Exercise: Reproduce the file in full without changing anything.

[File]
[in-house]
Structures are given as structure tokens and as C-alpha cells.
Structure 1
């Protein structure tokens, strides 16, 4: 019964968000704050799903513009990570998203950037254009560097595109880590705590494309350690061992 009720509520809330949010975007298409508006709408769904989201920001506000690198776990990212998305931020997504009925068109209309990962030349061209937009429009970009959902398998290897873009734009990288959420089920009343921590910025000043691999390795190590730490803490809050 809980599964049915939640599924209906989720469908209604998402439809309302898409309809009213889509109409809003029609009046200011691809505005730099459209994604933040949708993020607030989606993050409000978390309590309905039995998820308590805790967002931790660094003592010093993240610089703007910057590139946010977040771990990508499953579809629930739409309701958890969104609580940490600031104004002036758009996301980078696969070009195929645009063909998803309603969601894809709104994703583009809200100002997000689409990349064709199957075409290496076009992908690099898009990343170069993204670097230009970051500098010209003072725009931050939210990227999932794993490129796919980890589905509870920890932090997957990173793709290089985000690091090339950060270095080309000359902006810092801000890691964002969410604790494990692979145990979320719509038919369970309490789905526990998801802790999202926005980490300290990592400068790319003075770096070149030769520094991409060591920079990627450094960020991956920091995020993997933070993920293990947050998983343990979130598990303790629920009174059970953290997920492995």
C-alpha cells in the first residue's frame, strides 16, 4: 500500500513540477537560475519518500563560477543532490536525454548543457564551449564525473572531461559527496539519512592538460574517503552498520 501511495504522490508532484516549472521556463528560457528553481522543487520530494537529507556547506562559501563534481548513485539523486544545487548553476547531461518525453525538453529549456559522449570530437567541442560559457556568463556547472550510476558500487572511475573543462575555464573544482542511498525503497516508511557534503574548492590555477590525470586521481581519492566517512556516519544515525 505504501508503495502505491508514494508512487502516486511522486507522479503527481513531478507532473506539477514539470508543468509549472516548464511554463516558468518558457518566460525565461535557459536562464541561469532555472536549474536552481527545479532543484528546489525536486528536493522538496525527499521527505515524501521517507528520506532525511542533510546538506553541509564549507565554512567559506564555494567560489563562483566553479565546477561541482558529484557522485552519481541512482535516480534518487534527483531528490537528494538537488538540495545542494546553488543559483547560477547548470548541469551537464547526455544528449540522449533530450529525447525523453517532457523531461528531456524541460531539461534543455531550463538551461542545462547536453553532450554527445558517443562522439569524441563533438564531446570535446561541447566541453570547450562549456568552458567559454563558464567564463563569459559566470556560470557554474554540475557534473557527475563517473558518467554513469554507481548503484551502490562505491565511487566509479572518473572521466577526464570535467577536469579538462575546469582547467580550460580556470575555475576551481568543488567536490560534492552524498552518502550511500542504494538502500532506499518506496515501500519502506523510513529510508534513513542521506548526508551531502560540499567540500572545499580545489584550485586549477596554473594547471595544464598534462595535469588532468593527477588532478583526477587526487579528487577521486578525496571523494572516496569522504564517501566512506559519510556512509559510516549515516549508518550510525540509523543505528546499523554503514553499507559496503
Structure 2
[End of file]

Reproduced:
[in-house]
Structures are given as structure tokens and as C-alpha cells.
Structure 1
């Protein structure tokens, strides 16, 4: 019964968000704050799903513009990570998203950037254009560097595109880590705590494309350690061992 009720509520809330949010975007298409508006709408769904989201920001506000690198776990990212998305931020997504009925068109209309990962030349061209937009429009970009959902398998290897873009734009990288959420089920009343921590910025000043691999390795190590730490803490809050 809980599964049915939640599924209906989720469908209604998402439809309302898409309809009213889509109409809003029609009046200011691809505005730099459209994604933040949708993020607030989606993050409000978390309590309905039995998820308590805790967002931790660094003592010093993240610089703007910057590139946010977040771990990508499953579809629930739409309701958890969104609580940490600031104004002036758009996301980078696969070009195929645009063909998803309603969601894809709104994703583009809200100002997000689409990349064709199957075409290496076009992908690099898009990343170069993204670097230009970051500098010209003072725009931050939210990227999932794993490129796919980890589905509870920890932090997957990173793709290089985000690091090339950060270095080309000359902006810092801000890691964002969410604790494990692979145990979320719509038919369970309490789905526990998801802790999202926005980490300290990592400068790319003075770096070149030769520094991409060591920079990627450094960020991956920091995020993997933070993920293990947050998983343990979130598990303790629920009174059970953290997920492995």
C-alpha cells in the first residue's frame, strides 16, 4: 500500500513540477537560475519518500563560477543532490536525454548543457564551449564525473572531461559527496539519512592538460574517503552498520 501511495504522490508532484516549472521556463528560457528553481522543487520530494537529507556547506562559501563534481548513485539523486544545487548553476547531461518525453525538453529549456559522449570530437567541442560559457556568463556547472550510476558500487572511475573543462575555464573544482542511498525503497516508511557534503574548492590555477590525470586521481581519492566517512556516519544515525 505504501508503495502505491508514494508512487502516486511522486507522479503527481513531478507532473506539477514539470508543468509549472516548464511554463516558468518558457518566460525565461535557459536562464541561469532555472536549474536552481527545479532543484528546489525536486528536493522538496525527499521527505515524501521517507528520506532525511542533510546538506553541509564549507565554512567559506564555494567560489563562483566553479565546477561541482558529484557522485552519481541512482535516480534518487534527483531528490537528494538537488538540495545542494546553488543559483547560477547548470548541469551537464547526455544528449540522449533530450529525447525523453517532457523531461528531456524541460531539461534543455531550463538551461542545462547536453553532450554527445558517443562522439569524441563533438564531446570535446561541447566541453570547450562549456568552458567559454563558464567564463563569459559566470556560470557554474554540475557534473557527475563517473558518467554513469554507481548503484551502490562505491565511487566509479572518473572521466577526464570535467577536469579538462575546469582547467580550460580556470575555475576551481568543488567536490560534492552524498552518502550511500542504494538502500532506499518506496515501500519502506523510513529510508534513513542521506548526508551531502560540499567540500572545499580545489584550485586549477596554473594547471595544464598534462595535469588532468593527477588532478583526477587526487579528487577521486578525496571523494572516496569522504564517501566512506559519510556512509559510516549515516549508518550510525540509523543505528546499523554503514553499507559496503
Structure 2